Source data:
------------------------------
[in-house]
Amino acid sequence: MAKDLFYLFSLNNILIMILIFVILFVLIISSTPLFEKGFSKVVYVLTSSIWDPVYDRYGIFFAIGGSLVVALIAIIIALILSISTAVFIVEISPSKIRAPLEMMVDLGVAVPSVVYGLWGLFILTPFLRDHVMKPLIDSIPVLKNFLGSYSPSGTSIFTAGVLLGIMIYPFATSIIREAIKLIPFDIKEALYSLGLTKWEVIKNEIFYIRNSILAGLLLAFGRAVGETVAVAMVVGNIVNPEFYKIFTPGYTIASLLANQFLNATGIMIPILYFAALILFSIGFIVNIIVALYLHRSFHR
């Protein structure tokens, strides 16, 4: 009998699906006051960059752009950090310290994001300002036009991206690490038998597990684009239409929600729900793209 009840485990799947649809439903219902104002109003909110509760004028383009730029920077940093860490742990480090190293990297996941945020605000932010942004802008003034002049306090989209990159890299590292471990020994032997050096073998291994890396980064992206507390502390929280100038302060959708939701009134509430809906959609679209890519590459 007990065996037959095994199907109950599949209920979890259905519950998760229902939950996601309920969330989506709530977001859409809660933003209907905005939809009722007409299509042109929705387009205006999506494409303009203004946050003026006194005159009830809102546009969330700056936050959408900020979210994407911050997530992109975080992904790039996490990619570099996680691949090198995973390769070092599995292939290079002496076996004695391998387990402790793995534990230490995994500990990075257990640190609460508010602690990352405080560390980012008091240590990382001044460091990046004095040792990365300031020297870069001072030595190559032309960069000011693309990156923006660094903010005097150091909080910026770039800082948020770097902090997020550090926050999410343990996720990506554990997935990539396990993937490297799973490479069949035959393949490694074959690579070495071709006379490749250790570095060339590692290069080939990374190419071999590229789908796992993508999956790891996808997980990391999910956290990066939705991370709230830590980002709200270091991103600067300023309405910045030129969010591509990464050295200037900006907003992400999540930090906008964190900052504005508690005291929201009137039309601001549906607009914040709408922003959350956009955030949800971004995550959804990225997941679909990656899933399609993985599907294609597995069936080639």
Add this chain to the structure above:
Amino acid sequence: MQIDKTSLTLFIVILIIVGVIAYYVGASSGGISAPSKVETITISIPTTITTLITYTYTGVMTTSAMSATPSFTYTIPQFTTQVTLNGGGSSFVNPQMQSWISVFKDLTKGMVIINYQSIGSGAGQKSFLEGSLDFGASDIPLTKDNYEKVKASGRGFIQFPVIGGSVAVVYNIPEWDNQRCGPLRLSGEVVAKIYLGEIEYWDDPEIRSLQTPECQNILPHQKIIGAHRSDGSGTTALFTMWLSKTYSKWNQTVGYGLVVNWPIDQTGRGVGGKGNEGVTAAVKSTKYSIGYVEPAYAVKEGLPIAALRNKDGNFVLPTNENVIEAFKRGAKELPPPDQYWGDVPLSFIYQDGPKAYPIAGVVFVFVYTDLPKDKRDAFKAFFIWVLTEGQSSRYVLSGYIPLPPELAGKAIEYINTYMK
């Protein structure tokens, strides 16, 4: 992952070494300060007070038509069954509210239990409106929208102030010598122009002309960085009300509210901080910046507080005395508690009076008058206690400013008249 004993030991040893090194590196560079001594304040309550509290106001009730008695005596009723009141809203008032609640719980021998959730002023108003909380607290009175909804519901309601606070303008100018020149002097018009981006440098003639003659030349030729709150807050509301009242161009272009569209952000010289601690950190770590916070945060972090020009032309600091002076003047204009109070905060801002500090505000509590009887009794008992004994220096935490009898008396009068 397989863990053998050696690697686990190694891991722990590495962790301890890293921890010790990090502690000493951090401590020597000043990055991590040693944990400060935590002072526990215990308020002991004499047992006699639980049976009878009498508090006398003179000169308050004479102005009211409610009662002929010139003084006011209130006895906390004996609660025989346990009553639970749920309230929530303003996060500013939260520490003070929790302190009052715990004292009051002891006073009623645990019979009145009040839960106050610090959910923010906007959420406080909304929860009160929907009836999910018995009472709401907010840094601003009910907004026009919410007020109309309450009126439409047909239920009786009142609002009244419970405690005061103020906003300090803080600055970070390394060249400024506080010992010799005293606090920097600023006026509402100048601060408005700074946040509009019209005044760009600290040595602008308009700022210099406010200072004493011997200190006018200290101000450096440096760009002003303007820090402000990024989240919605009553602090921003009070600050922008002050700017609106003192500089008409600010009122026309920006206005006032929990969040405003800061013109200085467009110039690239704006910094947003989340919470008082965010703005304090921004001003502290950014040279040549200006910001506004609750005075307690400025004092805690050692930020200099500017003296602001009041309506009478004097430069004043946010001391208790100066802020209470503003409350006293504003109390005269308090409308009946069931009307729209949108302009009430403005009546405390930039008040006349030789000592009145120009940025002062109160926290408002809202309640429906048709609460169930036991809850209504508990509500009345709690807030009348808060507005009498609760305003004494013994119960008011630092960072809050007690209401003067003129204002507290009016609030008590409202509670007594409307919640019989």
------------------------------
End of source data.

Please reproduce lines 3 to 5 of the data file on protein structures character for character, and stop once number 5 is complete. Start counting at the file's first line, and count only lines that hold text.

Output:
């Protein structure tokens, strides 16, 4: 009998699906006051960059752009950090310290994001300002036009991206690490038998597990684009239409929600729900793209 009840485990799947649809439903219902104002109003909110509760004028383009730029920077940093860490742990480090190293990297996941945020605000932010942004802008003034002049306090989209990159890299590292471990020994032997050096073998291994890396980064992206507390502390929280100038302060959708939701009134509430809906959609679209890519590459 007990065996037959095994199907109950599949209920979890259905519950998760229902939950996601309920969330989506709530977001859409809660933003209907905005939809009722007409299509042109929705387009205006999506494409303009203004946050003026006194005159009830809102546009969330700056936050959408900020979210994407911050997530992109975080992904790039996490990619570099996680691949090198995973390769070092599995292939290079002496076996004695391998387990402790793995534990230490995994500990990075257990640190609460508010602690990352405080560390980012008091240590990382001044460091990046004095040792990365300031020297870069001072030595190559032309960069000011693309990156923006660094903010005097150091909080910026770039800082948020770097902090997020550090926050999410343990996720990506554990997935990539396990993937490297799973490479069949035959393949490694074959690579070495071709006379490749250790570095060339590692290069080939990374190419071999590229789908796992993508999956790891996808997980990391999910956290990066939705991370709230830590980002709200270091991103600067300023309405910045030129969010591509990464050295200037900006907003992400999540930090906008964190900052504005508690005291929201009137039309601001549906607009914040709408922003959350956009955030949800971004995550959804990225997941679909990656899933399609993985599907294609597995069936080639």
Add this chain to the structure above:
Amino acid sequence: MQIDKTSLTLFIVILIIVGVIAYYVGASSGGISAPSKVETITISIPTTITTLITYTYTGVMTTSAMSATPSFTYTIPQFTTQVTLNGGGSSFVNPQMQSWISVFKDLTKGMVIINYQSIGSGAGQKSFLEGSLDFGASDIPLTKDNYEKVKASGRGFIQFPVIGGSVAVVYNIPEWDNQRCGPLRLSGEVVAKIYLGEIEYWDDPEIRSLQTPECQNILPHQKIIGAHRSDGSGTTALFTMWLSKTYSKWNQTVGYGLVVNWPIDQTGRGVGGKGNEGVTAAVKSTKYSIGYVEPAYAVKEGLPIAALRNKDGNFVLPTNENVIEAFKRGAKELPPPDQYWGDVPLSFIYQDGPKAYPIAGVVFVFVYTDLPKDKRDAFKAFFIWVLTEGQSSRYVLSGYIPLPPELAGKAIEYINTYMK